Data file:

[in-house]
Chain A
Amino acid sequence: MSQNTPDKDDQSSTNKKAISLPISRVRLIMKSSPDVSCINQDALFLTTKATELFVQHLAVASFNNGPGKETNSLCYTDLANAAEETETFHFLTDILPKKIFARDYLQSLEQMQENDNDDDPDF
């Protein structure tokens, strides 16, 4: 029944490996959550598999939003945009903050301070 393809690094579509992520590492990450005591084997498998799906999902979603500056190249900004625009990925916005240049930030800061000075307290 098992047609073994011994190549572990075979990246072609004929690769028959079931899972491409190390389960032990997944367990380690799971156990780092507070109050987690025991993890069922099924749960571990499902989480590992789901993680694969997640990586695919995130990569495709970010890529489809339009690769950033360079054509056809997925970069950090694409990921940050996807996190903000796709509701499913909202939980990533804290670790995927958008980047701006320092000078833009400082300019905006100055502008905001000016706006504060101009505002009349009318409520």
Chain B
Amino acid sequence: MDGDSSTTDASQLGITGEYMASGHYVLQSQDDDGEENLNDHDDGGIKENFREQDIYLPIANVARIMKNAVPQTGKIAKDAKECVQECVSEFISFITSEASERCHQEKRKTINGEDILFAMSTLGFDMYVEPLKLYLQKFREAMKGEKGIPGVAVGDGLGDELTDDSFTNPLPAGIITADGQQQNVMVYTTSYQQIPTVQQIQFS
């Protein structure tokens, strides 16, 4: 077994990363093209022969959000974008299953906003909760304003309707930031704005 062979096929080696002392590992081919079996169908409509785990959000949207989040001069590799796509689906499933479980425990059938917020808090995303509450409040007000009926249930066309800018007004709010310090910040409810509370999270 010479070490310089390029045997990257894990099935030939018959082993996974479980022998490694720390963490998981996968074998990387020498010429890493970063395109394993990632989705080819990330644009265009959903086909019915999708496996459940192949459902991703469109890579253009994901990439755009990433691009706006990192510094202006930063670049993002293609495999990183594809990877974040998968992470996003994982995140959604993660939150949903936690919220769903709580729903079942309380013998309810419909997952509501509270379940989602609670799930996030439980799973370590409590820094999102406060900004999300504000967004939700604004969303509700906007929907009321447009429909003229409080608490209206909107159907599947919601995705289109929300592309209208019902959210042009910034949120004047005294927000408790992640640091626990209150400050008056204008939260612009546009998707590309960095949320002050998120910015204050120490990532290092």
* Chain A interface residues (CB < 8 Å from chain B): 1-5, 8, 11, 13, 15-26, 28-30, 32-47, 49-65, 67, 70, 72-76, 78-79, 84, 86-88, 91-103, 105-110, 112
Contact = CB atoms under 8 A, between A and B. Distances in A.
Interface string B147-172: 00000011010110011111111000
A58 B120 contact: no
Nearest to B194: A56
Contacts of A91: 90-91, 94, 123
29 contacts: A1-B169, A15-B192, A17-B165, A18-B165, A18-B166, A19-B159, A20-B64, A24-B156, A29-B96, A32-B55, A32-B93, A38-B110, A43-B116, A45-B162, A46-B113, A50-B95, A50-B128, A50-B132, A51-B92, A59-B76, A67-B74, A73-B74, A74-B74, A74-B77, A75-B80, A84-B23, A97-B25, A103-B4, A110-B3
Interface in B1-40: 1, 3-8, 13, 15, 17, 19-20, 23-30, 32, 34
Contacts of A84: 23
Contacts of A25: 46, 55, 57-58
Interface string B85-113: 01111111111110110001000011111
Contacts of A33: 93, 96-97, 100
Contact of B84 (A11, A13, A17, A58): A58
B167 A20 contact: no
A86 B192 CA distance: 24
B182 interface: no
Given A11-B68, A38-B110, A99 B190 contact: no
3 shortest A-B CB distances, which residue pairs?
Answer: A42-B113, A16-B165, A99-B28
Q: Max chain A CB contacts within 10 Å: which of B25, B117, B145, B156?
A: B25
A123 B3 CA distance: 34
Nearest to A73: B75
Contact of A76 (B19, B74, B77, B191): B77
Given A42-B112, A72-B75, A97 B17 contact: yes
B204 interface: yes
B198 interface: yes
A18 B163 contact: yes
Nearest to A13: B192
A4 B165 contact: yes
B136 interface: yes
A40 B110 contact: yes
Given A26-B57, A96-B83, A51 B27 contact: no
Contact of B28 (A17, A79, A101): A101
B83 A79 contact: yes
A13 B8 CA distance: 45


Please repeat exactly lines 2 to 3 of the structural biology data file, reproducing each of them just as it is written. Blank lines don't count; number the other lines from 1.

Chain A
Amino acid sequence: MSQNTPDKDDQSSTNKKAISLPISRVRLIMKSSPDVSCINQDALFLTTKATELFVQHLAVASFNNGPGKETNSLCYTDLANAAEETETFHFLTDILPKKIFARDYLQSLEQMQENDNDDDPDF